The Roman Catholic Bishops in Massachusetts have sent a joint letter today individually addressed to every member of the Massachusetts state legislature in advance of the June 14, 2007, Constitutional Convention. The Bishops urge the General Court to give final approval to the Marriage Amendment for the 2008 statewide ballot. The letter was signed by Cardinal Seán P. O’Malley, Archdiocese of Boston, Bishop George W. Coleman, Diocese of Fall River, Bishop Timothy A. McDonnell, Diocese of Springfield, and Bishop Robert J. McManus, Diocese of Worcester.
The full text of the letter is as follows:
Dear [Name of Senator or Representative]:
A member of the Massachusetts General Court on record as opposing the Marriage Amendment told the press recently that “We owe it to the people of Massachusetts that they have the opportunity to vote, especially if they take the time to come to the polls.” Likewise, the Boston Globe, also an opponent of the amendment, editorialized that “modern democracy shouldn't put barriers in the way of those who sincerely want to cast a ballot.”
These comments addressed the issue of same-day voter registration. Yet they apply just as well to the upcoming Constitutional Convention scheduled for June 14. First on the agenda is the question of whether to send to the November 2008 ballot the proposed Marriage Amendment.
We, the Roman Catholic Bishops in Massachusetts, again urge you to vote on the Marriage Amendment without further delay, thus fulfilling your constitutional duty, and to vote “yes” to place the measure on the statewide ballot.
Marriage is a fundamental social institution. Its definition and meaning are critical concerns for all in society. Because it involves issues of utmost social importance, extending far beyond questions strictly legal, the marriage debate should not be reserved only to lawyers and lawmakers. Every citizen has a stake in the outcome because every citizen has a stake in the well-being of the family.
The people of Massachusetts have been asked to accept a new definition of marriage—without any input into the discussion. Society’s determination of whether to accept the new definition will be short-circuited if the people’s right to a voice in the matter is abrogated. True fairness involves letting the people vote on the Marriage Amendment to define exactly what constitutes marriage.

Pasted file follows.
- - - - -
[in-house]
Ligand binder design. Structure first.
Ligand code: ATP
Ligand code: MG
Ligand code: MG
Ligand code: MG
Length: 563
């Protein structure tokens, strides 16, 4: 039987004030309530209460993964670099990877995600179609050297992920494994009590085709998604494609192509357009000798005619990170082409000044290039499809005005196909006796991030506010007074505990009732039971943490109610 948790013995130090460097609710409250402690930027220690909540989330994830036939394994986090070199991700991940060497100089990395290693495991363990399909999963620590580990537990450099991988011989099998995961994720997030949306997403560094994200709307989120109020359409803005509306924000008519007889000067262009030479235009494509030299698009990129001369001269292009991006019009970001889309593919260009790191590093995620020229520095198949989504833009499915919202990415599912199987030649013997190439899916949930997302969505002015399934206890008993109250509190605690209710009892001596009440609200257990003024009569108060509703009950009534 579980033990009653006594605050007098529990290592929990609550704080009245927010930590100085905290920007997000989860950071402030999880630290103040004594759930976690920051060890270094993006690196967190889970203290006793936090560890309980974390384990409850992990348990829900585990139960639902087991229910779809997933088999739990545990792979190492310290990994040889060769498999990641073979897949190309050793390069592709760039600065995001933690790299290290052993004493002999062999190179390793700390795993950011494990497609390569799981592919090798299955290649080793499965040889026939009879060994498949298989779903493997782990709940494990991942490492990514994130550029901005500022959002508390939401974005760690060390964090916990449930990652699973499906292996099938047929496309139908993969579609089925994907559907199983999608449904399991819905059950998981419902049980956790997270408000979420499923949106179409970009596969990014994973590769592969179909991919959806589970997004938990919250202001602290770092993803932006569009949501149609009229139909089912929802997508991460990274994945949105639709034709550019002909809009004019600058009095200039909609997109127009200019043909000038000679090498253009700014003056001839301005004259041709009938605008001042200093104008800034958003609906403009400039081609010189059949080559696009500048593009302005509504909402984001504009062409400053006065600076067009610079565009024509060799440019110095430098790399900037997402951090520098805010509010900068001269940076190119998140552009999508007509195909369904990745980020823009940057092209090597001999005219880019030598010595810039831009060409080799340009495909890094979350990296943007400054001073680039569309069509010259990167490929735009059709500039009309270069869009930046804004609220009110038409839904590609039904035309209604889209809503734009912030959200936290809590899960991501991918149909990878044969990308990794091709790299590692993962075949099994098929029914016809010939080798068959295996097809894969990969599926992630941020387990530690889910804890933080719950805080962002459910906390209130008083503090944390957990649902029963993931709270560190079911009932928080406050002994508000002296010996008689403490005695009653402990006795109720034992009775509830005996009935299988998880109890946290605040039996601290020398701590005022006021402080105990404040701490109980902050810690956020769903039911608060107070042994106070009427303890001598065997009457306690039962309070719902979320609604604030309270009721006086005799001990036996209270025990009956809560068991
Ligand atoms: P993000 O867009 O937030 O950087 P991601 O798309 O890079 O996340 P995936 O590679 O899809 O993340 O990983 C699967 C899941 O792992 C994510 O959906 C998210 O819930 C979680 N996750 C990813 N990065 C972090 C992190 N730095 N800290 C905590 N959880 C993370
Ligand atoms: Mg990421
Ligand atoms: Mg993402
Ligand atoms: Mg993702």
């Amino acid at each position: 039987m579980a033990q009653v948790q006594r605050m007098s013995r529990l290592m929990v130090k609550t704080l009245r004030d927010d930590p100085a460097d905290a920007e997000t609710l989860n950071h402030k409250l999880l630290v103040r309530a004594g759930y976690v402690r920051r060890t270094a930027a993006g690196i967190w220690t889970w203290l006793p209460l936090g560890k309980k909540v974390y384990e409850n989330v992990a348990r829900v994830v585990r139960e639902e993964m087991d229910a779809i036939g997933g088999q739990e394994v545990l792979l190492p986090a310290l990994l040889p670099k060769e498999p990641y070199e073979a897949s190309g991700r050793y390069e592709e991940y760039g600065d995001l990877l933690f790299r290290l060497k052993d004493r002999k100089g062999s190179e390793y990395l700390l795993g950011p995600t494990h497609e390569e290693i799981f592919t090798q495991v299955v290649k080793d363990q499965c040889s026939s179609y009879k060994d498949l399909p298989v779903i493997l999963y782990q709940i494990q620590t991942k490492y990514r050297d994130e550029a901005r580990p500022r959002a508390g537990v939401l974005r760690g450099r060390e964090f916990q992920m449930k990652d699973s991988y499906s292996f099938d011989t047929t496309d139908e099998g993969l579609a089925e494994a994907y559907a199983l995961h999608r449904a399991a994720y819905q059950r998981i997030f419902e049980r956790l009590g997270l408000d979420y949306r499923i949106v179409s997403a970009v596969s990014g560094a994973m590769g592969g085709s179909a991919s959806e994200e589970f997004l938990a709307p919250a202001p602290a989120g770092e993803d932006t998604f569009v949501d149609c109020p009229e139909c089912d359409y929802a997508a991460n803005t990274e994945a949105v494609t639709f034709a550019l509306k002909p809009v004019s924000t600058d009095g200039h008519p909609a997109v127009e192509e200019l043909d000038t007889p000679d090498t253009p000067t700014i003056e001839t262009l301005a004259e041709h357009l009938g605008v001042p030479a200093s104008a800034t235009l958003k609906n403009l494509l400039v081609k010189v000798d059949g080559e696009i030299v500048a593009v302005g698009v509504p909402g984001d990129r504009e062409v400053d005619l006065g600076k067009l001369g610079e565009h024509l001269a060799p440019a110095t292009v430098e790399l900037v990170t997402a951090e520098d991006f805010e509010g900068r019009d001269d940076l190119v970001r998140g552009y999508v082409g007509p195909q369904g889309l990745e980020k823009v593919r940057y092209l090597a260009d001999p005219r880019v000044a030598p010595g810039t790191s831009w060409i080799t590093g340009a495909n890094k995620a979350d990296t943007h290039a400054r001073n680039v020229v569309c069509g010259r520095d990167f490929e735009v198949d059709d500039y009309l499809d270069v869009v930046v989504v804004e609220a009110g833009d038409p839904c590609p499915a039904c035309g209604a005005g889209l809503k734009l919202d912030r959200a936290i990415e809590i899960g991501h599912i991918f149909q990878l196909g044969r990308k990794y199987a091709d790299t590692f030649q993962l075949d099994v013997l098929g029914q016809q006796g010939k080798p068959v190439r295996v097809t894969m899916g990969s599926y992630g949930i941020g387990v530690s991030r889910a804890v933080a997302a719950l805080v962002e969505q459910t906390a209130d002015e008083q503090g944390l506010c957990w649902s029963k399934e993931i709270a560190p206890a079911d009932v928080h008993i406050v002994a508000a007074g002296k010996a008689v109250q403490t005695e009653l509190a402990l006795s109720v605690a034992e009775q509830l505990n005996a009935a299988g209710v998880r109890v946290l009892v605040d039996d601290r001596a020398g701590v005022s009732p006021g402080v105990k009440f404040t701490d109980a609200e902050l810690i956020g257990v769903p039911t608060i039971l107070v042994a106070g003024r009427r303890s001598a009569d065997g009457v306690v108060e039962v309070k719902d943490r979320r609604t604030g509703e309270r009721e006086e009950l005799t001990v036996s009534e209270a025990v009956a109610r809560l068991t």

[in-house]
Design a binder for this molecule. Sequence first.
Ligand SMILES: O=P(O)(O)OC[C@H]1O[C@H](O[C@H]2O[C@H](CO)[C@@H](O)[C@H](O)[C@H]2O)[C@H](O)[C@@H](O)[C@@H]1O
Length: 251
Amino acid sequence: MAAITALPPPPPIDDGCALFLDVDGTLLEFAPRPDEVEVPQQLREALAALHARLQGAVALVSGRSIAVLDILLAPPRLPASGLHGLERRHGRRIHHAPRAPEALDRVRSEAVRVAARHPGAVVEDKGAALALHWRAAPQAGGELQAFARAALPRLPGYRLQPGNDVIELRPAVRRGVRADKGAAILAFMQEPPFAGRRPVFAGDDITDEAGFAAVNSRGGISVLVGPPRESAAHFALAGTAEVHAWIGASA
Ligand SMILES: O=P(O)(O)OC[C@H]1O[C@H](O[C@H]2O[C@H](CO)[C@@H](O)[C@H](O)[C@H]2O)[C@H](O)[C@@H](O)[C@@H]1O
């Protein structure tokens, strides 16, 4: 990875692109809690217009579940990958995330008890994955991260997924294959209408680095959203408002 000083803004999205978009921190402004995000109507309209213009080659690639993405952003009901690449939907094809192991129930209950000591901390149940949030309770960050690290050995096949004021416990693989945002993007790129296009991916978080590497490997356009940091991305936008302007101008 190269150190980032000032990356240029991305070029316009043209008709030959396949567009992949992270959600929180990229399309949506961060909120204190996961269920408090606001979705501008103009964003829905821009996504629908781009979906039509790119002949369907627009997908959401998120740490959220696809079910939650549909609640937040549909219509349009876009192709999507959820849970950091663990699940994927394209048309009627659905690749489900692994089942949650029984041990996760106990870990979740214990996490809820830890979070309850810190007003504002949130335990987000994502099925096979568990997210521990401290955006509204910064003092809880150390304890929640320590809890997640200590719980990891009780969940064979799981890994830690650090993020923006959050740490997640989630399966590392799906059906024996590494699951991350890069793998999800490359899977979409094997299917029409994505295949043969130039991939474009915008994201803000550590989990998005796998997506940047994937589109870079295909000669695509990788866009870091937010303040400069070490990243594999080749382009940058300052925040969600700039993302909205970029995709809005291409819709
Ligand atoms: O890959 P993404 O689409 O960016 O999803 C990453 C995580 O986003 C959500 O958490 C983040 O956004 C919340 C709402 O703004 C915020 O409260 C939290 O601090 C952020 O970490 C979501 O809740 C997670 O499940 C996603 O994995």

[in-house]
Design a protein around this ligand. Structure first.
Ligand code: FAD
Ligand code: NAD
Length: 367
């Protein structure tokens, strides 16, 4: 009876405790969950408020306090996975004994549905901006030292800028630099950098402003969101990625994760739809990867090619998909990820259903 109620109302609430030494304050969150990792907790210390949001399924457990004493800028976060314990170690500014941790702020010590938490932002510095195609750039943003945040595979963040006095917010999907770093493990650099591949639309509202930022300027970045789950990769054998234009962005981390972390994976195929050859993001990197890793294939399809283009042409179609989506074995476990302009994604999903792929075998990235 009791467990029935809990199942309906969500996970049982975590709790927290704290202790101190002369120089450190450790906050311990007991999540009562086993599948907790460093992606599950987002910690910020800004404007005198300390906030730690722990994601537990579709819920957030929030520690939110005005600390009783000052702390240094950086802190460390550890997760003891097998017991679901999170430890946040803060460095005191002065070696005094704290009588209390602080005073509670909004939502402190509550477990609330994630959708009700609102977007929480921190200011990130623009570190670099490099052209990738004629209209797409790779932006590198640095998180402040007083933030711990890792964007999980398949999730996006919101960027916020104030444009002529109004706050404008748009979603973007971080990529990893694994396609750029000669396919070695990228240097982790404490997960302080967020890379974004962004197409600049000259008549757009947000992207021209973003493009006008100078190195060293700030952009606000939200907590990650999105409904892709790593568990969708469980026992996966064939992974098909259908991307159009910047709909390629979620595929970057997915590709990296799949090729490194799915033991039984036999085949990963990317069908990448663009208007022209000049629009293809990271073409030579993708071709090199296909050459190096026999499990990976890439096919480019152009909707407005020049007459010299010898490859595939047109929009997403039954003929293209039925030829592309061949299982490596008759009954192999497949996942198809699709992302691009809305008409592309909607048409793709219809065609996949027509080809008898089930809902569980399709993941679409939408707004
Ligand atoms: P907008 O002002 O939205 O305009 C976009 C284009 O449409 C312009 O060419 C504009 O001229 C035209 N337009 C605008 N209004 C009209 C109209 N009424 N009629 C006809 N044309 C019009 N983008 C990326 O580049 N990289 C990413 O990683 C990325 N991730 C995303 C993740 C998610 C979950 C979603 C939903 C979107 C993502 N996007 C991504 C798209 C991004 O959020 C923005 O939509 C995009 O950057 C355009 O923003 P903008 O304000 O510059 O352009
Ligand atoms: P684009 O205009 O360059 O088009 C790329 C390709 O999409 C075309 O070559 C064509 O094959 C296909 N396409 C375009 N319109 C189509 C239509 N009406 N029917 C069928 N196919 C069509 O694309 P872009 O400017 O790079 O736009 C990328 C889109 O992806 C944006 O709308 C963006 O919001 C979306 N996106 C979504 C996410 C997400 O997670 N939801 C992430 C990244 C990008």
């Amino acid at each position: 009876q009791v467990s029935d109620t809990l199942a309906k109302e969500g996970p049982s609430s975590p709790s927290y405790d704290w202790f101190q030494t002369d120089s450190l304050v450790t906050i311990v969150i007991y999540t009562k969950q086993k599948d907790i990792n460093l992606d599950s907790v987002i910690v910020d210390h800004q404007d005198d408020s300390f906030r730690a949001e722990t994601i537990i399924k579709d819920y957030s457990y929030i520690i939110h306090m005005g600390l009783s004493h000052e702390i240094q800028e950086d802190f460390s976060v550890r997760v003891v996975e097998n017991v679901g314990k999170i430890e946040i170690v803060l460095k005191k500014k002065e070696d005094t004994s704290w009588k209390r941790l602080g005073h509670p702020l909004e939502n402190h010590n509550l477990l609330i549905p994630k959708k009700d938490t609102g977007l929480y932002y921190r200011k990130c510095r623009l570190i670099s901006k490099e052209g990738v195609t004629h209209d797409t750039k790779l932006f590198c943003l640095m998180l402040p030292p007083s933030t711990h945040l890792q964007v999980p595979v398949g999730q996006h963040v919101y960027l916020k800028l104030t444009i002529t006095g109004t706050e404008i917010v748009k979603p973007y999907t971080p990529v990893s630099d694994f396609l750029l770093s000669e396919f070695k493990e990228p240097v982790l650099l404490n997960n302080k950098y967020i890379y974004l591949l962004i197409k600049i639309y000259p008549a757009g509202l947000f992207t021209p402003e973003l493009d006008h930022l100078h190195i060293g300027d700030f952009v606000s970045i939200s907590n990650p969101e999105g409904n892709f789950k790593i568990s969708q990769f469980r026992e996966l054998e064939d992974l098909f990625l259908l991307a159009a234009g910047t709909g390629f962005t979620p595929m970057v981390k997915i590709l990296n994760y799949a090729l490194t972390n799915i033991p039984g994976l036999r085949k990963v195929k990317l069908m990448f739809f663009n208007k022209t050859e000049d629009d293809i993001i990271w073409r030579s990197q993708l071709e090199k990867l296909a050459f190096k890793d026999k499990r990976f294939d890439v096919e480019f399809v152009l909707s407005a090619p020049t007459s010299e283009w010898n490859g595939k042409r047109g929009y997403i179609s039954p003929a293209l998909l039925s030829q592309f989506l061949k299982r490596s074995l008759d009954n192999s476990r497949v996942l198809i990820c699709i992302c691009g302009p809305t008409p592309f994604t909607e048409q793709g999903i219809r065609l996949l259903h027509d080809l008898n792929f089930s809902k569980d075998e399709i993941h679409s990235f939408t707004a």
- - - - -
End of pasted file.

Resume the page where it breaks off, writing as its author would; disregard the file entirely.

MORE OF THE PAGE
To argue that rights should not be voted on overlooks what happened in Goodridge v. Department of Public Health at the request of attorneys allied with those now making the argument. In effect seven unelected justices of the Supreme Judicial Court were asked to “vote on rights” by hearing a claim for same-sex marriage that implicated the rights of children.
Four of the seven justices voted to favor adult interests over children’s rights. The one-vote majority redefined marriage as the joining of “two adults,” thus ignoring that children do best when raised by mother and father united in marriage. By judicially redefining marriage in a way that is indifferent to the absence of mother or father, children’s rights were voted on and taken away.
Certain issues transcend the courtroom, and the meaning of marriage in relation to the well-being of children is one of them. On June 14, at the Constitutional Convention, we respectfully request that you give the people the opportunity to exercise their constitutional right to vote. The people should determine for themselves whether adult interests truly outweigh children’s rights as voted in Goodridge, or instead whether traditional marriage, uniting man and woman, best serves the common good because it puts the rights of children first.